Other Services in Northwest Oregon

by Erik Knoder

March 12, 2018

Other services is that ambiguous, mysterious, and poorly named industry that includes four sub-industries: religious, grantmaking, civic, professional, and similar organizations; private households; repair and maintenance businesses; and personal and laundry services. Employment in other services has grown nearly three times as fast (2.5% vs. 0.9% per year) as total employment has in Northwest Oregon over the 10 years from 2006 through 2016. The region’s industry employs about 4,200 people.
The largest component of other services is the religious, grantmaking, civic, professional, and similar organizations sub-industry. There were 434 such establishments in Northwest Oregon (Benton, Clatsop, Columbia, Lincoln, and Tillamook counties) in 2016 (the latest full year of data). In total these businesses had 2,138 employees. This was about half the total employment in all of other services. This sub-industry includes churches, foundations, veterans associations, fraternal organizations, clubs, unions, and marijuana dispensaries. Employment in the religious, grantmaking, civic, professional, and similar organizations sub-industry grew at an average of 1.5 percent per year from 2007 through 2016 – faster than the average for all employment, but not the fastest growing part of other services.

The fastest-growing sub-industry in other services was private households, which grew an amazing 17.9 percent per year on average over the 10 years. Employment in this component increased by 661, from 206 in 2007 to 867 in 2016. This increase in employment by private households accounted for 80 percent of the growth in the entire other services industry over this time period. Although it is a fast-growing sub-industry, it is less clear what accounts for the growth. This industry includes such occupations as nannies, housekeepers, and cooks. It also includes some people who work as home health aides or personal support workers. To complicate matters, the employment of some home health aides is counted in a completely different industry – social assistance, and specifically in the sub-industry services for the elderly and persons with disabilities. This sub-industry grew 60 percent over the same 10 years, suggesting that this type of work probably accounts for some of the rapid growth in employment in private households. There were 738 private households with employees in 2016.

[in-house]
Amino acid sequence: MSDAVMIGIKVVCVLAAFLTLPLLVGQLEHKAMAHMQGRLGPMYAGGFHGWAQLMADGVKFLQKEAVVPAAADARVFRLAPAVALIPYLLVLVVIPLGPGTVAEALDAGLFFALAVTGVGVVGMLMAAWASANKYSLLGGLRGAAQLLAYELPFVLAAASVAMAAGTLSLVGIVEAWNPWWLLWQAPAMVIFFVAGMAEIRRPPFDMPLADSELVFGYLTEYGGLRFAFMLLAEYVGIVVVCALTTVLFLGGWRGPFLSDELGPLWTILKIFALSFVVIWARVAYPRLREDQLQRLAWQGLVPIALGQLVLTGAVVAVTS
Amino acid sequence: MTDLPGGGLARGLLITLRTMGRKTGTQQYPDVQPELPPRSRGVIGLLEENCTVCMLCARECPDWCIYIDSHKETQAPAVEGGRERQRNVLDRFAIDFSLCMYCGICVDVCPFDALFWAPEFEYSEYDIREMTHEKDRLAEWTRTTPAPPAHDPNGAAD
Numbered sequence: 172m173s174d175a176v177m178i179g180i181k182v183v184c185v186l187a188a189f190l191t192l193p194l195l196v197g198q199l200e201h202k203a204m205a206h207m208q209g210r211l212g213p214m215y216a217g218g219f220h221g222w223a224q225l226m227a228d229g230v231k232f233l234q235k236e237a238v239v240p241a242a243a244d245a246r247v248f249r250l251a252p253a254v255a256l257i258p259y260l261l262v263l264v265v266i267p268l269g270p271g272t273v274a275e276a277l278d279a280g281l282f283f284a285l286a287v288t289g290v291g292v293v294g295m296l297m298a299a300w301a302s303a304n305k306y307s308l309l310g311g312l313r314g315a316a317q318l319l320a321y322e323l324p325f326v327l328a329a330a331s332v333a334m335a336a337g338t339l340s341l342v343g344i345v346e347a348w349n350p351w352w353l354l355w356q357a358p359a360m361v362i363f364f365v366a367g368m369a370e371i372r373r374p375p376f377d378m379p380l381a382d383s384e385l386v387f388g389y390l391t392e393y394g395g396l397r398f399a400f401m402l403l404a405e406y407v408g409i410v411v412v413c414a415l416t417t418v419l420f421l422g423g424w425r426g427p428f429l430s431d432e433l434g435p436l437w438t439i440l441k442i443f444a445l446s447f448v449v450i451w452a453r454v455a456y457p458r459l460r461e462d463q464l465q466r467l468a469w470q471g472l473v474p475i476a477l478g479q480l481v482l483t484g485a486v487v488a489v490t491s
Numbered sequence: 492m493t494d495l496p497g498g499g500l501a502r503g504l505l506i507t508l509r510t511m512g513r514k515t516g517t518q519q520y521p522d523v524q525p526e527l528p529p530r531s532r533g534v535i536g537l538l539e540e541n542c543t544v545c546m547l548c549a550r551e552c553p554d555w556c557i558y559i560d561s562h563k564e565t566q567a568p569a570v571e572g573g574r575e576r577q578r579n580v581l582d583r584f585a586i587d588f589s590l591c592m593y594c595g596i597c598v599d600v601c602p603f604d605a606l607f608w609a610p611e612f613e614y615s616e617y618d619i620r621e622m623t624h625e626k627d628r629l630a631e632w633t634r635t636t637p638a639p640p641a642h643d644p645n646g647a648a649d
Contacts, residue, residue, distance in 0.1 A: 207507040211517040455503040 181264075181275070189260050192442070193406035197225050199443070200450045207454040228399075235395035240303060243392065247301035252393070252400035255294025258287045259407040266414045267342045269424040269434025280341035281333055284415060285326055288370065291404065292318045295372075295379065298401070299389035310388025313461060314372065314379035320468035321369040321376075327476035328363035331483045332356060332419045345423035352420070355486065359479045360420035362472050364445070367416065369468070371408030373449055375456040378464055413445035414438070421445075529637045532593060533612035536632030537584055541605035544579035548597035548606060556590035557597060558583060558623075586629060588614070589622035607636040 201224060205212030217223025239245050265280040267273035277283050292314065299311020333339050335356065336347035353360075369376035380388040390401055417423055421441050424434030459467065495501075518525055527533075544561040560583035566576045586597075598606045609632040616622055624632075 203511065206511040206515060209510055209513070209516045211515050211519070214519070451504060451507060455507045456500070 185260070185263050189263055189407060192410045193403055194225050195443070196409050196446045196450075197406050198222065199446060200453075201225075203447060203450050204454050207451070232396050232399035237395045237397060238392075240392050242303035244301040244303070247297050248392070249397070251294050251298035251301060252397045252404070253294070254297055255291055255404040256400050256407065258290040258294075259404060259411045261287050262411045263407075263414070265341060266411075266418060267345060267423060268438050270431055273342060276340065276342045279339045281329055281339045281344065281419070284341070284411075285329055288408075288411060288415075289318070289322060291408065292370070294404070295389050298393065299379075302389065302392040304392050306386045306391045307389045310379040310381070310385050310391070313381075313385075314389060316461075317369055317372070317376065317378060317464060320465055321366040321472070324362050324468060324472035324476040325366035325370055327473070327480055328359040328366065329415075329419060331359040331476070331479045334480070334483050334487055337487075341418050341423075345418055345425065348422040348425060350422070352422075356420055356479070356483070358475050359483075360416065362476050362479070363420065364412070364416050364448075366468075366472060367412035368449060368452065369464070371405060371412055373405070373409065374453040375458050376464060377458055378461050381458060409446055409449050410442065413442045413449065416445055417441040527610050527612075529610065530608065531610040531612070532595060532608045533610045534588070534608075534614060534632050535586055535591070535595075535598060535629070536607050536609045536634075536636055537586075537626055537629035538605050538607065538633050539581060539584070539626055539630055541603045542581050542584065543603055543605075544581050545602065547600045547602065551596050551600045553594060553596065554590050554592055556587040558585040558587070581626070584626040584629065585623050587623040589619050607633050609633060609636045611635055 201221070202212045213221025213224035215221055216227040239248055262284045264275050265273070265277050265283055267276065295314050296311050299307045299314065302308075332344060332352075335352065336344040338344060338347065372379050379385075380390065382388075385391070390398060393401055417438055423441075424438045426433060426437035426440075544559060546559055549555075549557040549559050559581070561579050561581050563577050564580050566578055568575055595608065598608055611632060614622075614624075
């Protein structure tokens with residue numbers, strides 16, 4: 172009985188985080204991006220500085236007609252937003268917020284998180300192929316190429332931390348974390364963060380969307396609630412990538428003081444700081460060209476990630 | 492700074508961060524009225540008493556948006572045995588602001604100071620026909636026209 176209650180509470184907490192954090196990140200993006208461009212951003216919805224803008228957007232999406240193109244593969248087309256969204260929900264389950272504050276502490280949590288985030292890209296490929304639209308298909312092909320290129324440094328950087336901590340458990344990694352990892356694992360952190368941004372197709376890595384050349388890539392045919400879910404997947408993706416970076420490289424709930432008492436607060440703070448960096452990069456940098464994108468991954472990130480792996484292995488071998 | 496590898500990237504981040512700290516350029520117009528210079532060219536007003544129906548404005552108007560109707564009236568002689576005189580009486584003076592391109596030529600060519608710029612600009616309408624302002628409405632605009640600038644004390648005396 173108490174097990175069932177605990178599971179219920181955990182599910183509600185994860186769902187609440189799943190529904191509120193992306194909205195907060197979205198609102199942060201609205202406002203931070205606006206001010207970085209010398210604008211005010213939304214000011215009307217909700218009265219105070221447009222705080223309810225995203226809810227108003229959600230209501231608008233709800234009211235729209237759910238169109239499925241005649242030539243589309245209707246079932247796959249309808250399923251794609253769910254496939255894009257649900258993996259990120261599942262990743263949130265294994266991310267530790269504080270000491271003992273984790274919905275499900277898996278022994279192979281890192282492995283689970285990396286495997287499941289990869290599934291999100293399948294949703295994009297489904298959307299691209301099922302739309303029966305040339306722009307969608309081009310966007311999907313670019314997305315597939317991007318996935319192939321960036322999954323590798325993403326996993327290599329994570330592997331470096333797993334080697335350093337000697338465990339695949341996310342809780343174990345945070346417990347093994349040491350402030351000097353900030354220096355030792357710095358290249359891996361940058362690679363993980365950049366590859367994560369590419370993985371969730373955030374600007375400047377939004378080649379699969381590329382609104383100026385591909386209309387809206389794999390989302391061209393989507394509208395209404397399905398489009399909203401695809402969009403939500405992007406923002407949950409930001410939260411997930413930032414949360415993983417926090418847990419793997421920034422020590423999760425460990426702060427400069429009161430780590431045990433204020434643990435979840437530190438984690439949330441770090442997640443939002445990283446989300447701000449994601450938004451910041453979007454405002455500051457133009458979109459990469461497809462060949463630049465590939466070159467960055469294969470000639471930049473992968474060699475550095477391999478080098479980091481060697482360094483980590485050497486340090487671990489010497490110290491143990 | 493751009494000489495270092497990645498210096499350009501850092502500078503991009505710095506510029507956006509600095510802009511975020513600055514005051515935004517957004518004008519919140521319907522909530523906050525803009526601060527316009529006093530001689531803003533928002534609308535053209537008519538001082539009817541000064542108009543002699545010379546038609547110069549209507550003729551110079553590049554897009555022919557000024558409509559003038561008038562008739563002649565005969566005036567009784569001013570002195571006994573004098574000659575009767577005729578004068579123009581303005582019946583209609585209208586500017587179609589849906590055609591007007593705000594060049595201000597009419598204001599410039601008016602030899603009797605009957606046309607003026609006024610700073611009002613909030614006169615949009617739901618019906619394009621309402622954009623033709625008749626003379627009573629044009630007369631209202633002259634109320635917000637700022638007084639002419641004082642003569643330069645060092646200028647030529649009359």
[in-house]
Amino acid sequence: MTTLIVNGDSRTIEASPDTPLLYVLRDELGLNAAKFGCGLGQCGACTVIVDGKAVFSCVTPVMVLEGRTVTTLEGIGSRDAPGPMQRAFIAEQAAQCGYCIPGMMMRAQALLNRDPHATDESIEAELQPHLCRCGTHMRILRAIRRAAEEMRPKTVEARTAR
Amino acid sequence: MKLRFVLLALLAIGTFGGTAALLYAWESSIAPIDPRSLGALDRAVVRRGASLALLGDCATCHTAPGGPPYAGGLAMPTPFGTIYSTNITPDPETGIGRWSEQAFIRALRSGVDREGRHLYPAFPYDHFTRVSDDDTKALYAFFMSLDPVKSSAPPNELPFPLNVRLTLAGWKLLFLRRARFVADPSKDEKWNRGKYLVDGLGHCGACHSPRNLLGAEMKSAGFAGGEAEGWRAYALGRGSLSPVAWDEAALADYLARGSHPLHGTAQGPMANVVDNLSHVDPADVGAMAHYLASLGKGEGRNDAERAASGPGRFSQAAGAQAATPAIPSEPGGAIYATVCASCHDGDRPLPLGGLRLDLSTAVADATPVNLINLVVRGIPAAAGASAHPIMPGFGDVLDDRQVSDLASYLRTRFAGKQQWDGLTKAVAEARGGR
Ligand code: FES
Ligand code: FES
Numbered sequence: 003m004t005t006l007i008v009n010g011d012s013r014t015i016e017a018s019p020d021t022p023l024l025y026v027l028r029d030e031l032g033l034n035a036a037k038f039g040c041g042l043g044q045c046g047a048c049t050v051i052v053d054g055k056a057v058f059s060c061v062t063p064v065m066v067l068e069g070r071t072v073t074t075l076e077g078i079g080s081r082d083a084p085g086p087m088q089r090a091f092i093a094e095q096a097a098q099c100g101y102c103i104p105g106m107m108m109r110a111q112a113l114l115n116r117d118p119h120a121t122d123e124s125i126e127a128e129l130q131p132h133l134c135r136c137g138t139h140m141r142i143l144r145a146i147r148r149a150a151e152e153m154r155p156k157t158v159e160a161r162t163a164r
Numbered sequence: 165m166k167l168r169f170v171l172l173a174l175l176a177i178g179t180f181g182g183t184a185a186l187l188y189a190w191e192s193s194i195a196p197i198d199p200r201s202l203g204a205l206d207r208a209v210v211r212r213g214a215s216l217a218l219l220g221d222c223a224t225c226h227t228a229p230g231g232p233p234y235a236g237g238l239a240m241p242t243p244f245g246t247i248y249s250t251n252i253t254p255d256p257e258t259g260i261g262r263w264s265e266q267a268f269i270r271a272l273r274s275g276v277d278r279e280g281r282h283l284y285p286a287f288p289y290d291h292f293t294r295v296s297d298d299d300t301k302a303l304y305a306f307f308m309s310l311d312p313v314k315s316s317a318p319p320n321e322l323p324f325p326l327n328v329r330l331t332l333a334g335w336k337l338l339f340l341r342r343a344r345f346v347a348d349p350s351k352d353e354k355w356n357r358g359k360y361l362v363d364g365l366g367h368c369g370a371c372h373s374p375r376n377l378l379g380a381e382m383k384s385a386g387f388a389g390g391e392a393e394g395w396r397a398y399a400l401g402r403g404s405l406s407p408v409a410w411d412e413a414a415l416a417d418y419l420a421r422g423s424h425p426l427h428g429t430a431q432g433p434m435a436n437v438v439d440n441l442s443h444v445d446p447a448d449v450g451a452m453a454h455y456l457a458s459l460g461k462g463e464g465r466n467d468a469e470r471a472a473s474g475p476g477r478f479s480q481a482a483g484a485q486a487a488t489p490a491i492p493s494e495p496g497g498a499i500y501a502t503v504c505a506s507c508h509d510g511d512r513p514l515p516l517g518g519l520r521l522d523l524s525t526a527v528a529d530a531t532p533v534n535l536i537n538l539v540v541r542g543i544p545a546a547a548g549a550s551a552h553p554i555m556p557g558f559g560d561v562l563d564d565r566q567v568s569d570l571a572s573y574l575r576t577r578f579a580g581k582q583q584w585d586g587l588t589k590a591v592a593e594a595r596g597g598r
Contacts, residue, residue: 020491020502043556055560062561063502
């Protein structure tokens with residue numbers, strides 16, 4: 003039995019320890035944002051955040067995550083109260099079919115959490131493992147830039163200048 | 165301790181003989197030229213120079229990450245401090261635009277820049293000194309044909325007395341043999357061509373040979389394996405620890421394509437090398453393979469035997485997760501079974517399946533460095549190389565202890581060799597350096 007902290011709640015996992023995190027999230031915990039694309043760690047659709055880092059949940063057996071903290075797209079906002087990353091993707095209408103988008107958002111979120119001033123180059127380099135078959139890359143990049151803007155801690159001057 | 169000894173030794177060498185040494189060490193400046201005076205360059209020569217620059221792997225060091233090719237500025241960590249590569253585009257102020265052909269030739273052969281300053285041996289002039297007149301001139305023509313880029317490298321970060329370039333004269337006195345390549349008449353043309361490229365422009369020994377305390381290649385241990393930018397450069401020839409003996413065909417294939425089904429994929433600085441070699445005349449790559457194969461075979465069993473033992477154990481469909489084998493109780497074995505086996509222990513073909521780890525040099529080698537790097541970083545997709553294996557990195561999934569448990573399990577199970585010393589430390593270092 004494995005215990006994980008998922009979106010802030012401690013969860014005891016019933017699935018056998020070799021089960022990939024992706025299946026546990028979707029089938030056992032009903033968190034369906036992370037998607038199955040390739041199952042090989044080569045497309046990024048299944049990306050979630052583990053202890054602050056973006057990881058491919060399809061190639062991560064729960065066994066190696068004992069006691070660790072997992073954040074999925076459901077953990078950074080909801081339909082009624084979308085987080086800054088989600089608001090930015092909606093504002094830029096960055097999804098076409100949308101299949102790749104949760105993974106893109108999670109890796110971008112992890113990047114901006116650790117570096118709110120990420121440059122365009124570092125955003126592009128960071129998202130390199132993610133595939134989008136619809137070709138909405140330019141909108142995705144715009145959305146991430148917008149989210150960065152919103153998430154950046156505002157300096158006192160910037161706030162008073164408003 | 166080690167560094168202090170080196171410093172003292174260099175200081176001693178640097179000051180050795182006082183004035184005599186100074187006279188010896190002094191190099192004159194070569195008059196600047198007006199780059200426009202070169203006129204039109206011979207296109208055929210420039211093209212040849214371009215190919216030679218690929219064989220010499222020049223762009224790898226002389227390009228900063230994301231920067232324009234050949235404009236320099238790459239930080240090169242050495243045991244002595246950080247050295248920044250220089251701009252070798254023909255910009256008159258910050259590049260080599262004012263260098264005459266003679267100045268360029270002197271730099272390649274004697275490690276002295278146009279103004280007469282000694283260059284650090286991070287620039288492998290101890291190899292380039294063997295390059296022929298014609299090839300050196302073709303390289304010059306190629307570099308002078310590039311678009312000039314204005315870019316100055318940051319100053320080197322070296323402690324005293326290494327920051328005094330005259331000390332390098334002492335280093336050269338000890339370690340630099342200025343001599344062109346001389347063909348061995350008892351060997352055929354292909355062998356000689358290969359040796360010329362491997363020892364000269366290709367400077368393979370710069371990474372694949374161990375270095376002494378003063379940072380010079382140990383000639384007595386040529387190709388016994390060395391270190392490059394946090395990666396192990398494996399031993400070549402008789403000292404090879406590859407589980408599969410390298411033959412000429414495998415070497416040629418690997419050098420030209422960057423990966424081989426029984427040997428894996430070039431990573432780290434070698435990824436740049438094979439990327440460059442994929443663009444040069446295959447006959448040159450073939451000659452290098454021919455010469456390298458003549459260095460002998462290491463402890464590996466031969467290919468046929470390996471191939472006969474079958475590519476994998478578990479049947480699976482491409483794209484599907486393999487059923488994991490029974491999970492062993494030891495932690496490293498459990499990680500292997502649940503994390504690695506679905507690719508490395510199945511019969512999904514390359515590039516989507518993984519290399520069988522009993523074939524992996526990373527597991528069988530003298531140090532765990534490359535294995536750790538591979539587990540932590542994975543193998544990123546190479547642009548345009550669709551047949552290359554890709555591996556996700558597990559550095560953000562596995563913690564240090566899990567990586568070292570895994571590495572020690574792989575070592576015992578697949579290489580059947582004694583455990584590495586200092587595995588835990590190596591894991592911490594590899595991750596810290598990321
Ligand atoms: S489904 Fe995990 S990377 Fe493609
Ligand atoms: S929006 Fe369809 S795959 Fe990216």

Repair and maintenance businesses make up the next largest component of other services. This sub-industry had 657 employees in Northwest Oregon in 2016 and 181 establishments. Employment in the industry is fairly stable. It dropped about 130 jobs during the recession from 2007 to 2012, but has since increased by 57 jobs and is back to its 2009 level. The outlook for this industry is fairly slow growth in employment over the next 10 years. Most of the jobs are in automotive repair and maintenance. There are significant changes afoot in vehicle design and use, such as self-driving vehicles and ride sharing, which make forecasting growth in this sub-industry problematic.

The smallest sub-industry in other services is personal and laundry services. This includes businesses such as barber shops, spas, beauty salons, funeral homes, drycleaners, and pet grooming. This group had 544 employees in 2016 and, like repair and maintenance, its employment level is down slightly (-18) from 2007. The sub-industry lost about 80 jobs during the recession, but has grown since 2014. Because employment in the industry is tied to personal care (which we all like) and pet care (which our pets like), it is expected to grow moderately as the region’s population grows.

Slow to moderate growth of employment in other services in Northwest Oregon is based on the slow-to-moderate population growth the region can expect, coupled with technology changes that increase labor productivity. It is possible that our population will increase more rapidly than expected; it has happened before in the region when in-migration increased.

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